Producer Suzanne Desrocher-Romero is in the process of completing her late husband George A. Romero’s first attempt at filmmaking, which tells the story of an African American father and his son.
Although the horror pioneer is often dubbed “Godfather of Zombies,” the unnamed 21-minute silent short – thought to have been shot in 1961 – remains ghoul-free.
The film got shelved, according to Desrocher-Romero, when the “Night of the Living Dead” director’s commercials company Latent Image started getting more work and remained untouched.
Desrocher-Romero, who founded the George A. Romero Foundation (GARF) – dedicated to preserving the director’s legacy – two years ago, is now in the process of “knitting together” a narration and some music for the film, which she hopes to release on the festival circuit later this year.
The narration comprises of a poem, “Romero’s Elegy” (also now the film’s title), which was written by Romero’s long-term collaborator Richard “the Rev” Ricci, who died last year. It will be narrated by “Day of the Dead” actor Terry Alexander.
Toronto-based Desrocher-Romero added that she’s in the process of getting the soundtrack licensed, which comprises of “old jazz that the boys were listening to at the time.”
Romero’s widow spoke to Variety ahead of an International Film Festival Rotterdam screening of her husband’s 1973 public information film “The Amusement Park,” which is running in the festival’s heritage sidebar Cinema Regained.
Romero was given free rein to make a film for the Lutheran Society for Senior Life designed to highlight ageism.
It features Lincoln Maazel (who would later appear in Romero’s “Martin”) as a sprightly and enthusiastic older man who enters a Pittsburgh theme park only to be intermittently beaten, verbally abused, ignored, mocked, and robbed by the younger crowds throughout the course of the park.
The director’s intentionally disturbing 57-minuter was considered too brutal for the Christian charity, who consigned it to the vaults, before it was unearthed for a Romero retrospective in Turin in 2017, three months before the director’s death.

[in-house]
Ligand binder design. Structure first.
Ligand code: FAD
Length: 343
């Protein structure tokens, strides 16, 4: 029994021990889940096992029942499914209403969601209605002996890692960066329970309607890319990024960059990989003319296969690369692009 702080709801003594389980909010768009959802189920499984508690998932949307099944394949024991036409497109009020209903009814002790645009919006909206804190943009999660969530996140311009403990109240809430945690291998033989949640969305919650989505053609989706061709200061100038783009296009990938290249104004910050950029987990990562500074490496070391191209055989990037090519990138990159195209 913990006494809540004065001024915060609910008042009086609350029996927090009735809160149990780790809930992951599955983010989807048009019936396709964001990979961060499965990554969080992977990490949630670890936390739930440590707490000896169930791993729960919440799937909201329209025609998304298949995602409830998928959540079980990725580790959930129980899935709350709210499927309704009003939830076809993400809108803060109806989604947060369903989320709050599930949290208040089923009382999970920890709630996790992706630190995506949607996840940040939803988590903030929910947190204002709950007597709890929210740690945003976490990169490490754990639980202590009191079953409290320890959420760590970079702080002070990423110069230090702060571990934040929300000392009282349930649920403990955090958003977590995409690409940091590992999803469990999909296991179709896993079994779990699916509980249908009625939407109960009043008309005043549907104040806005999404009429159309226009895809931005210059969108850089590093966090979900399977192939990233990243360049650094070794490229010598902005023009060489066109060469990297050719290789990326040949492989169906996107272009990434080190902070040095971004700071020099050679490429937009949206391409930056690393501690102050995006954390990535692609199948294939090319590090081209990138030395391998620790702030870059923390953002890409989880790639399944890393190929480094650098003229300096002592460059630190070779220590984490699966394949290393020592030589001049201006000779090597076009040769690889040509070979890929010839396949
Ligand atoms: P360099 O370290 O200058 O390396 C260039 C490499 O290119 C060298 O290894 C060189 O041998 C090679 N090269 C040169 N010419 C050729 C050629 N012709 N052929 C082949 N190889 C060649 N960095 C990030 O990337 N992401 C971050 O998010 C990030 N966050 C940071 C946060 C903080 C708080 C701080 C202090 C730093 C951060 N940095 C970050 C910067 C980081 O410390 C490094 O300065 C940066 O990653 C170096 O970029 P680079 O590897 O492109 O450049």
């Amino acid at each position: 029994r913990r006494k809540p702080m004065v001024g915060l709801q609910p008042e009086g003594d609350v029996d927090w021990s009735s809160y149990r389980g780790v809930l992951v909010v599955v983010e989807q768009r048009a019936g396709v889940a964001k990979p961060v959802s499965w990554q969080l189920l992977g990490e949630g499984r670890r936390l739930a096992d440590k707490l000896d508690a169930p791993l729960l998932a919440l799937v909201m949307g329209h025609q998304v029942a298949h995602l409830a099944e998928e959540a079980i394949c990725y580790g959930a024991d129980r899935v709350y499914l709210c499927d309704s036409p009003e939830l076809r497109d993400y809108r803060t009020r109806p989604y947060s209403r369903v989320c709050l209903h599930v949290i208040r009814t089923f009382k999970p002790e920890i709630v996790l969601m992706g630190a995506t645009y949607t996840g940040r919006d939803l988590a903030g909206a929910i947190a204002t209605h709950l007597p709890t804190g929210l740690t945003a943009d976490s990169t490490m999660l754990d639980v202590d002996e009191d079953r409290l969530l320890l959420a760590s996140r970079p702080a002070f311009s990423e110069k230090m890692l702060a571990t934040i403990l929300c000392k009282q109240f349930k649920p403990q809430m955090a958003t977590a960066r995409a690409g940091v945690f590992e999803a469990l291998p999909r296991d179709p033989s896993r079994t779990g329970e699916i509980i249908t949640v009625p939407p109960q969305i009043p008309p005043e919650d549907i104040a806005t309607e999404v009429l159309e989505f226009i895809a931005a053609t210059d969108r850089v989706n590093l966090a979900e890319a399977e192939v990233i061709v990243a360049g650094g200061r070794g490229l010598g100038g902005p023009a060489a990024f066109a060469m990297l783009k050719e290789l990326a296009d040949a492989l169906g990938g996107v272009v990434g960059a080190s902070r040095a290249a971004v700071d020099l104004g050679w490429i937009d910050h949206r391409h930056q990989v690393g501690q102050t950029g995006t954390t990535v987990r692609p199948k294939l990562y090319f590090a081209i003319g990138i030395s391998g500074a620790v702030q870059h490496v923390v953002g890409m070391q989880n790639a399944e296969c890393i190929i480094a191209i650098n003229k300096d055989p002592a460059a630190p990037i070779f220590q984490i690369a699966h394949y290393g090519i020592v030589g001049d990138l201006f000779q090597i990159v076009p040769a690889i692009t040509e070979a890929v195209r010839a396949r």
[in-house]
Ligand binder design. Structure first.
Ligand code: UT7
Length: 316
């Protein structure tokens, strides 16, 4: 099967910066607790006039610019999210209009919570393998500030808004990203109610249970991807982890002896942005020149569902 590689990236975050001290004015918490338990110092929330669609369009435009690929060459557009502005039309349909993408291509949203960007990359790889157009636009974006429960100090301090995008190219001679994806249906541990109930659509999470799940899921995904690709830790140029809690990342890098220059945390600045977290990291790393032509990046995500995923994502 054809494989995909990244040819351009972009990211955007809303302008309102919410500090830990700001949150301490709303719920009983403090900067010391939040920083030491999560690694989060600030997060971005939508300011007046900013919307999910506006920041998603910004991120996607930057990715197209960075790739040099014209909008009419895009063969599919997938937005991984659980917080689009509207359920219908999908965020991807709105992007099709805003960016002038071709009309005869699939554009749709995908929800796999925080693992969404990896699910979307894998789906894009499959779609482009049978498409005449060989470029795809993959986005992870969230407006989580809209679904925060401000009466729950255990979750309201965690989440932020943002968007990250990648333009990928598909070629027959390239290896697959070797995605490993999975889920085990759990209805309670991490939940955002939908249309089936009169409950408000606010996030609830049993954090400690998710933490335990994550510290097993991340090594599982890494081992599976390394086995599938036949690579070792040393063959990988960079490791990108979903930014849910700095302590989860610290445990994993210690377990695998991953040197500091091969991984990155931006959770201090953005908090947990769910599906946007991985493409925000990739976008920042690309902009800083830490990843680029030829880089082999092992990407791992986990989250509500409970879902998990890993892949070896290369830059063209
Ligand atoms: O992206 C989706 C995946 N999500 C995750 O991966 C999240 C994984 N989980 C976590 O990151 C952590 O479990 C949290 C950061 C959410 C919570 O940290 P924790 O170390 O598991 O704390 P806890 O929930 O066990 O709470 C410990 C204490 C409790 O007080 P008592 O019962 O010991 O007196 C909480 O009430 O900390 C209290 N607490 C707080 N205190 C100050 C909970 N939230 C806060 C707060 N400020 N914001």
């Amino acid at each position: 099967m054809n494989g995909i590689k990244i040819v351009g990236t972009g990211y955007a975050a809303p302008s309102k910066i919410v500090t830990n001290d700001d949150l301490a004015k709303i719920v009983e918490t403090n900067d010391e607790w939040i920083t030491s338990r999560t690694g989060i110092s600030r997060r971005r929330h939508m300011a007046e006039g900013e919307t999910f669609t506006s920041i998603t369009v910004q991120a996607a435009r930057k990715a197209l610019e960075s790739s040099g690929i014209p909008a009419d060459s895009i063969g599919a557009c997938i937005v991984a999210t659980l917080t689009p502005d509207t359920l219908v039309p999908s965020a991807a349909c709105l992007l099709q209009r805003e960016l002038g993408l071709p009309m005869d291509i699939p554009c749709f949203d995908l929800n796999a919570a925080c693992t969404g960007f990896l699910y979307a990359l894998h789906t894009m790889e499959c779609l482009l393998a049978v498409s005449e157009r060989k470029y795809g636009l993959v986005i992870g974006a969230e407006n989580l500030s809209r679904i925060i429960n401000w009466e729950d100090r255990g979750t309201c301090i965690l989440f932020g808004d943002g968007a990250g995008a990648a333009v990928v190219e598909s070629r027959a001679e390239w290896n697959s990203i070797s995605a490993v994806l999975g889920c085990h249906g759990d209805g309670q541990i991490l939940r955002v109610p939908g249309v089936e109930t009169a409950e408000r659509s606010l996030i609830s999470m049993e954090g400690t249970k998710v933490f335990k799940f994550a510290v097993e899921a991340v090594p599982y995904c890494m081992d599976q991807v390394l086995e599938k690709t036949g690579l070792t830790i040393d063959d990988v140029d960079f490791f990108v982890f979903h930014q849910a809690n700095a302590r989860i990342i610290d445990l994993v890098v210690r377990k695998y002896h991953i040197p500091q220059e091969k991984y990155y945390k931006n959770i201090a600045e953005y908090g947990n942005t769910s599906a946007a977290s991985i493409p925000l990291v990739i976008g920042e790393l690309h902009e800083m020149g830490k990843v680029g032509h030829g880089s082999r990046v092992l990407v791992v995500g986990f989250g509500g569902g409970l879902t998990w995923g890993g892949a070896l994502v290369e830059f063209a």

Desrocher-Romero added that she was shocked by its content when she viewed the copy a curator sent over. “It was shot in three days on a budget of $37,000, but it was so edgy and had George’s footprint all over it – but he’d just dismissed it as this little industrial film that he’d made a long time ago,” she says.
The restoration of “The Amusement Park” became GARF’s first project as three magenta-hued Super 16mm copies were painstakingly restored to 4K by New York-based film preservation society IndieCollect.
Following a limited theatrical release in the U.S. two years ago “The Amusement Park” was picked up by art-house genre specialist Yellow Veil Pictures last June, which acquired worldwide rights.
The deal gave the “lost” film a further lease of life on AMC Network’s horror streamer Shudder in the U.S., UK, Ireland, Australia and New Zealand.
According to Yellow Veil cofounder Joe Yanick, theatrical deals are also in place in France (Potemkine) – where it was released this week – as well as Germany/Italy (Koch Media) and Japan (King Records), with more deals set to follow this summer.
While it was reported this year that Desrocher-Romero is taking Romero’s sixth and final zombie feature “Twilight of the Dead” to the screen – with a script penned by the late director’s writing partner Paolo Zelati and screenwriters Joe Knetter and Robert L. Lucas – the producer adds that she’s yet to find a director and an executive producer to get this last chapter off the ground.
“Right now there’s a buzz: Fans are excited about it, the media is excited about it but I’m still looking for the right team – because it’s George’s last chapter and I’m guarding it with my life – so until that happens it’s staying in my draw,” she says.